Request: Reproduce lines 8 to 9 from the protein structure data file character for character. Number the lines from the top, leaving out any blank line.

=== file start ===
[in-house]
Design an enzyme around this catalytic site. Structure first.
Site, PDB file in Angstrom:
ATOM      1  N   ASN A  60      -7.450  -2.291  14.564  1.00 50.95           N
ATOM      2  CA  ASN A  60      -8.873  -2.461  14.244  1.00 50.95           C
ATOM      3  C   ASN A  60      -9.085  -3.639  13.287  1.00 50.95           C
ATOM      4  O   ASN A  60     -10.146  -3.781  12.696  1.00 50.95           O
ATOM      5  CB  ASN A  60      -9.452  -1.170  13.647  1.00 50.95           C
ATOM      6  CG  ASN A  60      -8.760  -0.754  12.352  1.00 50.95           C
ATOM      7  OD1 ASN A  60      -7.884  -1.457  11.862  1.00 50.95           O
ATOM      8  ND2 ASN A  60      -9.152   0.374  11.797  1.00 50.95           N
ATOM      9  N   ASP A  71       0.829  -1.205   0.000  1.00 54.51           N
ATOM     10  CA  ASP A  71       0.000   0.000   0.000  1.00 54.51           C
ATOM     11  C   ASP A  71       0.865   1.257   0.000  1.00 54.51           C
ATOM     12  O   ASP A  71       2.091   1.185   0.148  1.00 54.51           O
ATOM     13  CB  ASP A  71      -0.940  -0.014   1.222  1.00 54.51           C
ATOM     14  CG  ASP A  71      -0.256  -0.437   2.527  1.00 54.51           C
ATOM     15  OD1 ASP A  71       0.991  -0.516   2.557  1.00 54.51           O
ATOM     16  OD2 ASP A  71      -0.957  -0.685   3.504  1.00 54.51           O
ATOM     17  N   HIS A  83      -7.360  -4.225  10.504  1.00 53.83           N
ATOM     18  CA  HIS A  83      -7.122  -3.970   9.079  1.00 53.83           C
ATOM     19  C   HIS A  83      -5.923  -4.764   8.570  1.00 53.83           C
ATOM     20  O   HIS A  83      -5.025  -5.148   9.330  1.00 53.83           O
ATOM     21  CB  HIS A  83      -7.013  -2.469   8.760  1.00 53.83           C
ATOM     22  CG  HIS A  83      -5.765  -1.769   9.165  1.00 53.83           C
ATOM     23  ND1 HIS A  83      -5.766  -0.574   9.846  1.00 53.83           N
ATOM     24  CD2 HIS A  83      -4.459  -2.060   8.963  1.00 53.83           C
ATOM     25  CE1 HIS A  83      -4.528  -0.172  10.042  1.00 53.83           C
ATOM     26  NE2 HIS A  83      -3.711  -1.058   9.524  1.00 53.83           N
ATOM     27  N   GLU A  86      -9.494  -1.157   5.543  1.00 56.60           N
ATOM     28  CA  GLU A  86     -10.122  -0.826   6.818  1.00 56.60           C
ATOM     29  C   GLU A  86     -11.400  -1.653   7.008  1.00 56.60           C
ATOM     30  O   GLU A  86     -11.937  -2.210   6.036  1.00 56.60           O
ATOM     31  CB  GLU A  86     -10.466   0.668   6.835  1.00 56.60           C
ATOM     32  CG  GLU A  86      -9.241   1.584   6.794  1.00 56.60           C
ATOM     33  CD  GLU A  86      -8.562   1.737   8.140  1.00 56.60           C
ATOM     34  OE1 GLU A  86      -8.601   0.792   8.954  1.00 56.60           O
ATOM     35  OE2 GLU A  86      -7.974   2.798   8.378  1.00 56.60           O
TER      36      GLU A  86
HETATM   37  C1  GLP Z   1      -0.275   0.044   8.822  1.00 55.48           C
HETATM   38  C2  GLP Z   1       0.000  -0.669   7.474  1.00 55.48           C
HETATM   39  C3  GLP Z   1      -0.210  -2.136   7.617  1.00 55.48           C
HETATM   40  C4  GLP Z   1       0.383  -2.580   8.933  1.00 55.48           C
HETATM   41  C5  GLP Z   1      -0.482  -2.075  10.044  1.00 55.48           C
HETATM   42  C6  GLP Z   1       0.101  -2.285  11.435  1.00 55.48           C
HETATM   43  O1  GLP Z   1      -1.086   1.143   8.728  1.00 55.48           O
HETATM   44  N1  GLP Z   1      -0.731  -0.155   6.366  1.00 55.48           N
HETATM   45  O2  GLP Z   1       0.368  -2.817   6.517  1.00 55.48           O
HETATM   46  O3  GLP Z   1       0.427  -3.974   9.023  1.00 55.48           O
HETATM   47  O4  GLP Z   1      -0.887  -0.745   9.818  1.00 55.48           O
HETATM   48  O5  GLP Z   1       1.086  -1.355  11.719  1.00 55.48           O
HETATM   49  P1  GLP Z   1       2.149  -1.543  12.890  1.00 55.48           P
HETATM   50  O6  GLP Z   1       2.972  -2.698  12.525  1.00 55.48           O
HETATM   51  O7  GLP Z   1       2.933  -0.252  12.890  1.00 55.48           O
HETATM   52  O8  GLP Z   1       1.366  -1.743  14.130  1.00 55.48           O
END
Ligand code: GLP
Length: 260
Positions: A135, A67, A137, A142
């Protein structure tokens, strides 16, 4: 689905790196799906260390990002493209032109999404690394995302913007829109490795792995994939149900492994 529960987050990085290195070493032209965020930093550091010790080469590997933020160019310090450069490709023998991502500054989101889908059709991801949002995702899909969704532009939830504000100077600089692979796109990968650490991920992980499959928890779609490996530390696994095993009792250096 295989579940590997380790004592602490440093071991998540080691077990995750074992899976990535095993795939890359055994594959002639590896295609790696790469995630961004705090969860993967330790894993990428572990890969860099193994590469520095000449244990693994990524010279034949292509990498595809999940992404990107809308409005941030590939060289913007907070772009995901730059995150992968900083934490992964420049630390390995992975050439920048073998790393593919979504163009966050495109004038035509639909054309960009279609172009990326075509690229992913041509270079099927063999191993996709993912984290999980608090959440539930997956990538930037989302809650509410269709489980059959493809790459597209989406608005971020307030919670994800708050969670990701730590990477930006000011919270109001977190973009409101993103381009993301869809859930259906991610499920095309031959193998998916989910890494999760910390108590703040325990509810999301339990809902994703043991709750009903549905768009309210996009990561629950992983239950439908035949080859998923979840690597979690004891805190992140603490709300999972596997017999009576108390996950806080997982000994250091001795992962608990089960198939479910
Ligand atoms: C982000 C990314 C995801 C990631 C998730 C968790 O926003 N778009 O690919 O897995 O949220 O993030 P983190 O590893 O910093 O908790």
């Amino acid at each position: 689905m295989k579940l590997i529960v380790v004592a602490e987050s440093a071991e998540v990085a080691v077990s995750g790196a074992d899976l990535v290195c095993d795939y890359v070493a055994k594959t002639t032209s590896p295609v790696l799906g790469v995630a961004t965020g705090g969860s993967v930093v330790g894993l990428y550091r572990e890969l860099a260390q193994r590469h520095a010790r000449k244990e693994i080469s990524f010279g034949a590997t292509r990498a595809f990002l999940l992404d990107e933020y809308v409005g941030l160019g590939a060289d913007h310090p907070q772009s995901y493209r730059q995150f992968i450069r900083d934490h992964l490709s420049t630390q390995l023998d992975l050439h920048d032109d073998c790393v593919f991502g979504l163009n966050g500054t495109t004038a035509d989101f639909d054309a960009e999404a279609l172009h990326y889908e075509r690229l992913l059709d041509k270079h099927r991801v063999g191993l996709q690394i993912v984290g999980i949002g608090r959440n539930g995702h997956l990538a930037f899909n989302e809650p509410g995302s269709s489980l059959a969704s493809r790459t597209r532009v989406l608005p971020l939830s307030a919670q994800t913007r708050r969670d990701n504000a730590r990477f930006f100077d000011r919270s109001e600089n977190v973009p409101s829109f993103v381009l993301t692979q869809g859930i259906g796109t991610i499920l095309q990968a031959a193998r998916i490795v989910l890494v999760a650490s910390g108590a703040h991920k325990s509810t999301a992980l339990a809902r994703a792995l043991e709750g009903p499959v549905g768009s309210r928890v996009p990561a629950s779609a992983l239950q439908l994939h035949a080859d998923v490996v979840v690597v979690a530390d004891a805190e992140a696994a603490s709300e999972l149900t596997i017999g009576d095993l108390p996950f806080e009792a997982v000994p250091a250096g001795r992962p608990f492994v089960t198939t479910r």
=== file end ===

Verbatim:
ATOM      5  CB  ASN A  60      -9.452  -1.170  13.647  1.00 50.95           C
ATOM      6  CG  ASN A  60      -8.760  -0.754  12.352  1.00 50.95           C